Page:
How much did all those pre-election B.C. government ads cost?
Y’know, the ones that the BC Liberals denied were taxpayer-funded campaign ads, but instead “necessary” for the public to know how to access services. Opposition politicians weren’t buying the spin and even the auditor general, Carol Bellringer, said the ad specifically hyping a balanced budget was political.
This, from a government headed by Christy Clark, the outspoken opponent of NDP government advertising waste in 1999, who said the following in Question Period: “People don’t want the government to spend 700 grand of their money so they can find out how to access services; people want this government to spend their money so that those services are there for them to access, that’s what British Columbians want.”
theBreaker knows that central government advertising doubled to $12.5 million for the year ended March 31, 2016, and that the BC Liberal cabinet decided last December to spend another $15 million by the end of March 2017, just before the official kickoff of the election.
The actual numbers and the details are hard to come by. Nobody in the Government Communications and Public Engagement office would disclose them on a routine basis; they were under orders to refuse to tell reporters the approved budgets and told reporters to wait until the annual Public Accounts release for the final costs. The government loves to bury advertising costs inside the annual, cross-government document dump that is the Public Accounts.
Governments stretching back to the Social Credit days of the 1980s have been under fire for spending on ads that boost the image of the ruling party and its politicians. Behind the scenes, the admen and adwomen are often handpicked for contracts based on their service to the party and friendships with those in high offices.
Getting the numbers didn’t get any easier when Vancouver lawyers Paul Doroshenko and David Fai went to B.C. Supreme Court earlier this year to take the first steps toward a class action lawsuit. They ultimately want the BC Liberals to reimburse the public treasury. Goverment lawyers are resisting, but Doroshenko and Fai hope that will change if the NDP and Green alliance replaces the BC Liberals.
theBreaker has been able to access some of the spending lists and invoices involving the four main contractors for the Our Opportunity Is Here ad campaign, yet the government has only disclosed information about the so-called “Services” sub-campaign which promoted the main government website, the budget and various tax breaks for seniors and families. The government is also fond of exploiting weak freedom of information laws and weak enforcement by the Office of the Information and Privacy Commissioner. Several of the documents were not sent to theBreaker until after the election.
Vizeum is the government’s advertising buyer for TV, radio, outdoor and newspapers. Between April 1, 2016 and March 15, 2017, documents show that it billed the government $5,484,771.98.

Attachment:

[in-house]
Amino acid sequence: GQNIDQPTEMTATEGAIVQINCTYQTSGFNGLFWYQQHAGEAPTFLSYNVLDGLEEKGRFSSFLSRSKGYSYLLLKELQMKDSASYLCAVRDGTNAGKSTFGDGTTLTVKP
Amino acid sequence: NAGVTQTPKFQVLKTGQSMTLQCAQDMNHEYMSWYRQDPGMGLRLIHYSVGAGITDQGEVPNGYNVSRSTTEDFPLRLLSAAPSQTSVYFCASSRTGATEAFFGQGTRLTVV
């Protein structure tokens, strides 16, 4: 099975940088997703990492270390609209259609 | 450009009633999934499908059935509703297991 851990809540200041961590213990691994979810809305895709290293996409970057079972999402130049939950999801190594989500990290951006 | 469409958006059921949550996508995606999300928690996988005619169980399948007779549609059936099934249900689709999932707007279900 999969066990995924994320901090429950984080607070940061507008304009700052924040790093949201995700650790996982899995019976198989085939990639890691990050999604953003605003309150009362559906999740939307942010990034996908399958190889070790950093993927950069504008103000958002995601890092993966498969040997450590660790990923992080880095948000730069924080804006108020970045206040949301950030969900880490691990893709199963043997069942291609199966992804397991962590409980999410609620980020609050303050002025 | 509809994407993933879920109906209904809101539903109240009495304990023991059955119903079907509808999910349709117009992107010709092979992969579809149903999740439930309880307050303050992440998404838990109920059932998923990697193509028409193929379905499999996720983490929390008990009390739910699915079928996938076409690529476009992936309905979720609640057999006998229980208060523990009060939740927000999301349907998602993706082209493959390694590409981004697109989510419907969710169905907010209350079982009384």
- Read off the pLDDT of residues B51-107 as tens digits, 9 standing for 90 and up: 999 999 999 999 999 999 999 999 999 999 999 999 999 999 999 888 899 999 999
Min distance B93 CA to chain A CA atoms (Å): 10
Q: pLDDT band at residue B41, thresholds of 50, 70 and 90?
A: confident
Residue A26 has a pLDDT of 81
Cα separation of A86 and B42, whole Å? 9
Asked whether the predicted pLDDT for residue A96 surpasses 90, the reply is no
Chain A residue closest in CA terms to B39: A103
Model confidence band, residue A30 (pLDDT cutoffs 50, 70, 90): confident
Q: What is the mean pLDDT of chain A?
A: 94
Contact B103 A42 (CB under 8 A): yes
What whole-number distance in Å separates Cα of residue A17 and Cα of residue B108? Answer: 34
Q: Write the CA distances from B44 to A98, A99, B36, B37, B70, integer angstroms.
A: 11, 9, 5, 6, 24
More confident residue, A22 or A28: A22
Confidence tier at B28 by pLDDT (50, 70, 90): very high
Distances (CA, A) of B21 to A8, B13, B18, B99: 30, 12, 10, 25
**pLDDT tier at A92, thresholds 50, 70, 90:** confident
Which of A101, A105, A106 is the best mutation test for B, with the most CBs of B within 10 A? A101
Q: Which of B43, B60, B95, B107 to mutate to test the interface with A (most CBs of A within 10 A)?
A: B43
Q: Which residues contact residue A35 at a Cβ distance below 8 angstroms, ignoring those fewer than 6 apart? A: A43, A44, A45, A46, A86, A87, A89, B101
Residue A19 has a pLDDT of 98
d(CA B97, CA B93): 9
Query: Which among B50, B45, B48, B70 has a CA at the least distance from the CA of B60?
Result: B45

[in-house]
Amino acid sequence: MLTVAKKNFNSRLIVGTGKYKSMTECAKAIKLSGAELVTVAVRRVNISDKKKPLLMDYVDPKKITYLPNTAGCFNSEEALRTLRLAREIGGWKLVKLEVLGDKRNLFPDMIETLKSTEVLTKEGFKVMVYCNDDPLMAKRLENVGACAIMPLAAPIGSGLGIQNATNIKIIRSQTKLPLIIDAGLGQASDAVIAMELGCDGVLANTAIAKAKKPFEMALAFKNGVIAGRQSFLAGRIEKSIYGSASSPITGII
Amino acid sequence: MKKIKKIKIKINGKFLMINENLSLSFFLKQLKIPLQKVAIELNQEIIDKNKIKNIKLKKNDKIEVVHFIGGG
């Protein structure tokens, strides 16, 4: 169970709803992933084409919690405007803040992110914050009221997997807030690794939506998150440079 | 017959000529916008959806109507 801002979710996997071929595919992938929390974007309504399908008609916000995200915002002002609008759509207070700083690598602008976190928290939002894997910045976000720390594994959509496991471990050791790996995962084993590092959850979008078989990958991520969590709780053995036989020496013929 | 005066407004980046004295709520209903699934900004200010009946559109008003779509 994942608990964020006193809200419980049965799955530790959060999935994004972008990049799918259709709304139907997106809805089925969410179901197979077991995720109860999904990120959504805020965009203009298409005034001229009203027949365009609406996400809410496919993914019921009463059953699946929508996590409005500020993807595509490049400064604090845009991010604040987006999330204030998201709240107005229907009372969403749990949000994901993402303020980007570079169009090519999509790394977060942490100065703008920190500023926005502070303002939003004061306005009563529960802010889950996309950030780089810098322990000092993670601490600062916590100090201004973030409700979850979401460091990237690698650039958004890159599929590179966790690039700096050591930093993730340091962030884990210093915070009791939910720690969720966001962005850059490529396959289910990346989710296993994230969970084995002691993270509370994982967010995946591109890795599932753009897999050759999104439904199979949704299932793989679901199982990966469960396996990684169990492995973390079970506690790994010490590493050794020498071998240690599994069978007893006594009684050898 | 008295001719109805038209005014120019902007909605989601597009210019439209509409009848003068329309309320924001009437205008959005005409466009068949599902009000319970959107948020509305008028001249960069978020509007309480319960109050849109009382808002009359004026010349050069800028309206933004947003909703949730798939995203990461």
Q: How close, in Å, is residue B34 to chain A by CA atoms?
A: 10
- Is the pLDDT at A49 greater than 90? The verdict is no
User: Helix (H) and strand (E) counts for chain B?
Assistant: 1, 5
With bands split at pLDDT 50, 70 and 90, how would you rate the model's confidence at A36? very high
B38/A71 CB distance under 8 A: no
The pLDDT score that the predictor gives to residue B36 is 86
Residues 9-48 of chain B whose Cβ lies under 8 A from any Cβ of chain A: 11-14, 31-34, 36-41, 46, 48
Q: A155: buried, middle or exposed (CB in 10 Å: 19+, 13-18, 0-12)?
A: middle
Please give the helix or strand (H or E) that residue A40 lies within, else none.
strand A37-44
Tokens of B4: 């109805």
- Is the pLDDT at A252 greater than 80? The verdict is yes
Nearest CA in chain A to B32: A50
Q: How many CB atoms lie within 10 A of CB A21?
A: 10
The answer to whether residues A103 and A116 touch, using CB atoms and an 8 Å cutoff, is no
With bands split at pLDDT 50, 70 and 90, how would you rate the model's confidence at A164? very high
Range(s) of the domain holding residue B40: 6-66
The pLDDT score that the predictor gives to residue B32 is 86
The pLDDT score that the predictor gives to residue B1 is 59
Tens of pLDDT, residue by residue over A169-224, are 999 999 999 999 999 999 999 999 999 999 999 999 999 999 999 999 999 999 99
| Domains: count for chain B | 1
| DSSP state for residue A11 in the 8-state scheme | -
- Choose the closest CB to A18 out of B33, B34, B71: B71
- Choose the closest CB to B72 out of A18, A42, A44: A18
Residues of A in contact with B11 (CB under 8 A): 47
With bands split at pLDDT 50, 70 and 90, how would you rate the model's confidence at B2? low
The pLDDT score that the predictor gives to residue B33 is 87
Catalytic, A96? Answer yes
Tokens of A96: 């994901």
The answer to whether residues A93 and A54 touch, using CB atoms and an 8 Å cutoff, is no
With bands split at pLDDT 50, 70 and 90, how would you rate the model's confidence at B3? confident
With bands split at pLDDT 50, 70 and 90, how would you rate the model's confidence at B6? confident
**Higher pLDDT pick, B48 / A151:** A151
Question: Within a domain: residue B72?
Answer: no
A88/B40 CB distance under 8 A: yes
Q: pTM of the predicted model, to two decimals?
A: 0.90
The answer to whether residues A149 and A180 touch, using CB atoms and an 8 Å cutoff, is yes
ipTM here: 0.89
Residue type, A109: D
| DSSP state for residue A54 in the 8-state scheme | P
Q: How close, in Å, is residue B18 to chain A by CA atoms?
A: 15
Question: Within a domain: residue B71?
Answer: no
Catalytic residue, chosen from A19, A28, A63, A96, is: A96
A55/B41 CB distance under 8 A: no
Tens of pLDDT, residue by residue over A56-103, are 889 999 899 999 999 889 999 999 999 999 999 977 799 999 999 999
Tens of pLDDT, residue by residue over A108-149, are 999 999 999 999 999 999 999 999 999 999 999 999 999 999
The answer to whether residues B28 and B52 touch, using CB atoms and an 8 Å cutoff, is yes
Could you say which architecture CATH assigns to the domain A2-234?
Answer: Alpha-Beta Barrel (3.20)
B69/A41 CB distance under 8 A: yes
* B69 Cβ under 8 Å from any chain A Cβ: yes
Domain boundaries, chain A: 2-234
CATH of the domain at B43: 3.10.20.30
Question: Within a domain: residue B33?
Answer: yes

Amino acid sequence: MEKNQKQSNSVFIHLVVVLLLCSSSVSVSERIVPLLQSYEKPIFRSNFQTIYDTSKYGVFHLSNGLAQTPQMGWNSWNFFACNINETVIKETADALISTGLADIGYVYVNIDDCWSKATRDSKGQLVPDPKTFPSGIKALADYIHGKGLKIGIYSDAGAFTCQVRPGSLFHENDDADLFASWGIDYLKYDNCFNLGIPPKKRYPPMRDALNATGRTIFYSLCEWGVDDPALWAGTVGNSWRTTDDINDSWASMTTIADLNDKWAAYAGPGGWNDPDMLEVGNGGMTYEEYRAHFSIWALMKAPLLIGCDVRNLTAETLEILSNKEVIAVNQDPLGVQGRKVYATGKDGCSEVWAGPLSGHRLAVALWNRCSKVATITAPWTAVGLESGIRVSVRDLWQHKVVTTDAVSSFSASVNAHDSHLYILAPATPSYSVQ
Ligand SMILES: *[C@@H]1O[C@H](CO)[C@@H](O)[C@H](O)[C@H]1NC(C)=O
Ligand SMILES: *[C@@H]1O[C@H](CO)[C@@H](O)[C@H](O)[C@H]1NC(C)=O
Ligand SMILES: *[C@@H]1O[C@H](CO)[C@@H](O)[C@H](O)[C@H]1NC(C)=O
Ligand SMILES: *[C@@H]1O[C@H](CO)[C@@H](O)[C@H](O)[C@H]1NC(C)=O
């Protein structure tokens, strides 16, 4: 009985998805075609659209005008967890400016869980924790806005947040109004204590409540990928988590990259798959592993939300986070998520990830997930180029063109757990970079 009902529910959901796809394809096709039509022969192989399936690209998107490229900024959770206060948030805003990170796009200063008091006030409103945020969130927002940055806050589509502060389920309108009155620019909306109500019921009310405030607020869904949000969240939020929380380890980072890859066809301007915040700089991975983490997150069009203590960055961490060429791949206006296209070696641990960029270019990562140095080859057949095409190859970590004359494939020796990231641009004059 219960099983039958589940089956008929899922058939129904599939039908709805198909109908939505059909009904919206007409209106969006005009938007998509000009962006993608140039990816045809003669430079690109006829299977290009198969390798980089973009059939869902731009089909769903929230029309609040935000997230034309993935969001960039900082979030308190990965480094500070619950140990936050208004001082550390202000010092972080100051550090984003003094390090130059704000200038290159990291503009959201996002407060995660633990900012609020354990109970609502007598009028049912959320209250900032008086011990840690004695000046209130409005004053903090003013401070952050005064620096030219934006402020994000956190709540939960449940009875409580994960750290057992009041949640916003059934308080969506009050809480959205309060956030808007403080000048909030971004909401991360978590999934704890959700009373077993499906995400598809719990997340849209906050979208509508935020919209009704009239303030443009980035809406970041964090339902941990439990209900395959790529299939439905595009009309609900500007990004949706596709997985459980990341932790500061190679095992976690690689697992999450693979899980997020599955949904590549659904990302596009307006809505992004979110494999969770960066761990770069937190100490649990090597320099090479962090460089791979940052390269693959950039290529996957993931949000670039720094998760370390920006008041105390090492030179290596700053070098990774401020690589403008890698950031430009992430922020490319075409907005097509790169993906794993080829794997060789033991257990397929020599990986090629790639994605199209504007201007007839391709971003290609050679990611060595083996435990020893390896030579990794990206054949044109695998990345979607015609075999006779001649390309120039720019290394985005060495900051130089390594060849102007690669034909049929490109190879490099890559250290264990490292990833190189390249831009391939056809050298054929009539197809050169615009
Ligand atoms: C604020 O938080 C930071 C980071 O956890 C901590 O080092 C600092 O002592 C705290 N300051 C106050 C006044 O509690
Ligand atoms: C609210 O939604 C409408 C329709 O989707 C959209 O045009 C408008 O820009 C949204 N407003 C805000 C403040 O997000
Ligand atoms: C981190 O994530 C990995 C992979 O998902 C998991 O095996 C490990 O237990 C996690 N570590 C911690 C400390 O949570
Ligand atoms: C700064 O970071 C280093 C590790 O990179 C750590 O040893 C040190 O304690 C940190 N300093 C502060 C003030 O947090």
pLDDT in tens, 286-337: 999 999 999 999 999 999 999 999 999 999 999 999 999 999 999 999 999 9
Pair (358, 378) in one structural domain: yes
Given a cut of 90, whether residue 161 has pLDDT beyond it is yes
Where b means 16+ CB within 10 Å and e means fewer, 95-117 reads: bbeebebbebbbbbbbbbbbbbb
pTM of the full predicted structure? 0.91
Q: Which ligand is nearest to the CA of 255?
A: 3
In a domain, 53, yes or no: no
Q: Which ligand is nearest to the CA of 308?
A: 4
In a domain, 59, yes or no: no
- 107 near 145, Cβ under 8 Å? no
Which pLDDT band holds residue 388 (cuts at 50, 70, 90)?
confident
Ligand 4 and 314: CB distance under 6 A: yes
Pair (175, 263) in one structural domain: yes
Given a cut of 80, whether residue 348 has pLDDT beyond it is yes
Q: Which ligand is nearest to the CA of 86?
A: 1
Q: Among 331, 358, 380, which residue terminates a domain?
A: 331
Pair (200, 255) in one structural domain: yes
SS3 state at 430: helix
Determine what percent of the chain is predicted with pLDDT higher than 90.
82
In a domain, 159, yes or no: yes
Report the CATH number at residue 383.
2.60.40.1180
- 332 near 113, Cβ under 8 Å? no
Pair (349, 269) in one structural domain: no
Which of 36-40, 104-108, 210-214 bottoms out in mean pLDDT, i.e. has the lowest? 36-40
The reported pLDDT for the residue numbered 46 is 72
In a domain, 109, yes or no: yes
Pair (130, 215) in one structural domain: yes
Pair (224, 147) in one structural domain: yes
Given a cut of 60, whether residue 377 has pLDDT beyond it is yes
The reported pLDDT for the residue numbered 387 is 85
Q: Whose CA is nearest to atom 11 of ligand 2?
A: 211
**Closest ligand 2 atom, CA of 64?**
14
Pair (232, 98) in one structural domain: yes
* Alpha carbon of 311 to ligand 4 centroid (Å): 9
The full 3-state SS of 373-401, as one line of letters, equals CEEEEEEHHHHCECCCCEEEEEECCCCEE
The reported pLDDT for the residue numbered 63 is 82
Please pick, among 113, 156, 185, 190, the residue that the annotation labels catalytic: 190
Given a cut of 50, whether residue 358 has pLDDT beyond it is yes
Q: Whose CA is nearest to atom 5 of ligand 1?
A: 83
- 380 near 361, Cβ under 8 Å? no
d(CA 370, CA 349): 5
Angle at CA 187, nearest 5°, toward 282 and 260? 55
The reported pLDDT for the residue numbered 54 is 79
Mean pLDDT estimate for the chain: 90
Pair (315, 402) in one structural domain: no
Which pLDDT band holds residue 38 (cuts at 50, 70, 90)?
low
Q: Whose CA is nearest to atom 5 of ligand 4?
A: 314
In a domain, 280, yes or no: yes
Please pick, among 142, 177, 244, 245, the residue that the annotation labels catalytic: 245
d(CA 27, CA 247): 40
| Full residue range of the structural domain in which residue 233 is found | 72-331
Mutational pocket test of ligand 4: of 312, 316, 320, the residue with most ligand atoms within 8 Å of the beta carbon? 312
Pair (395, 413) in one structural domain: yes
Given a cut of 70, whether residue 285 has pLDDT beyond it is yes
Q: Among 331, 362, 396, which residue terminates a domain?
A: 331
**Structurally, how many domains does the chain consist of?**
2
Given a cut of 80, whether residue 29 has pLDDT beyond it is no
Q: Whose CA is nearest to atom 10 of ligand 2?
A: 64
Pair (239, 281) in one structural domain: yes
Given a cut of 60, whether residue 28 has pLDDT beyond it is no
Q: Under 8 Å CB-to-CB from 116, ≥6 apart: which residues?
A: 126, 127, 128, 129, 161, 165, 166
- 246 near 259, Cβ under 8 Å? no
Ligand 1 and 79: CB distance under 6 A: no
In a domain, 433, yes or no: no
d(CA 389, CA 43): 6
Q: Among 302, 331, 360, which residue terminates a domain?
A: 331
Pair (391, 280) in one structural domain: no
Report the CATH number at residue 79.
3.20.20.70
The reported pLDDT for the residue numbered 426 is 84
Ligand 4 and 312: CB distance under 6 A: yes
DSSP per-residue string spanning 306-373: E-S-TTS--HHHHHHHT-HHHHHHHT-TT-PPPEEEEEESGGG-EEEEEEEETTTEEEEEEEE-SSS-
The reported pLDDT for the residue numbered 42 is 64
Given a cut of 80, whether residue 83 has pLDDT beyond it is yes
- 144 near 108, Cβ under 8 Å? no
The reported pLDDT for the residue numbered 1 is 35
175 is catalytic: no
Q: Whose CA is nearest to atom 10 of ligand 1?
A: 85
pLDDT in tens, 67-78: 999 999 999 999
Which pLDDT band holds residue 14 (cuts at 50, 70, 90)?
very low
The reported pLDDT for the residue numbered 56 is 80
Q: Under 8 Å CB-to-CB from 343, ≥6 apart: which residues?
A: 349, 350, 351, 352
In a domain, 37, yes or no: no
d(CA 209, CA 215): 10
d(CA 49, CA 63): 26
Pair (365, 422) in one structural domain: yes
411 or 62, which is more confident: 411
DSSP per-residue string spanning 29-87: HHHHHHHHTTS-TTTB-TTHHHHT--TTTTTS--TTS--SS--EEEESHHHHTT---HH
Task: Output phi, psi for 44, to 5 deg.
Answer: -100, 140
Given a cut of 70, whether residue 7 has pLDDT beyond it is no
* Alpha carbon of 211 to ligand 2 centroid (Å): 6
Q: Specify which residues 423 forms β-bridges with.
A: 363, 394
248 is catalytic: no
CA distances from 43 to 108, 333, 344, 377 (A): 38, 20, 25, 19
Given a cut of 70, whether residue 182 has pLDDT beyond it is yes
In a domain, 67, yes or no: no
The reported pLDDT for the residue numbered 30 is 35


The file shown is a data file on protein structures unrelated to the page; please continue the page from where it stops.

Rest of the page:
Much of that was spent in binges. From late April to the end of May last year, it charged $750,000. There were four invoices dated Nov. 25, 2016 and Dec. 1, 2016 totalling $1.3 million. During the first two weeks of March 2017, it spent another $1.5 million.
But that was all the government was willing to tell theBreaker, which wanted to see a breakdown of ads and dollars by media outlet and company.
“Please note as per standard process, invoices are reviewed for accuracy to ensure receipt of service/product,” said the government’s FOI response. “As always, a breakdown by campaign / project will be available at Public Accounts. Further to your request for a detailed breakdown of advertising by broadcast media outlet, that information is not readily available.
Between Dec. 16, 2016 and March 16, 2017, Vizeum invoiced $1,749,357.91. During the same three-month period, Kimbo Design charged taxpayers $1,179,699.08. The latter company is run by Kim Pickett, the designer of Christy Clark’s leadership branding, and logos for the BC Liberals and Vision Vancouver.
Kimbo worked on the government’s anti-B.C. Teachers’ Federation social media campaign in 2014, a gig worth $335,000.
Between Sept. 1, 2015 and April 22, 2016, Kimbo also invoiced for $1,115,172.01. Kimbo charged taxpayers another $200,000 for April 23, 2016 to June 7, 2016, much of that was spent on Facebook.
Creative agency St. Bernadine Mission ($461,156.15) and Response Advertising ($109,700) were the other contractors. Response president Jatinder Rai is a longtime Clark backroom advisor who scored directorships on the ICBC and B.C. Pavilion Corporation boards thanks to Clark. Between Sept. 1, 2015 and April 22, 2016, Response billed $509,950.39.
But, back to Kimbo. It was paid $4.13 million for all of its government work for the year-ended March 31, 2016. Compare with the $666,905 during 2013-2014, the first year Kimbo worked on government projects.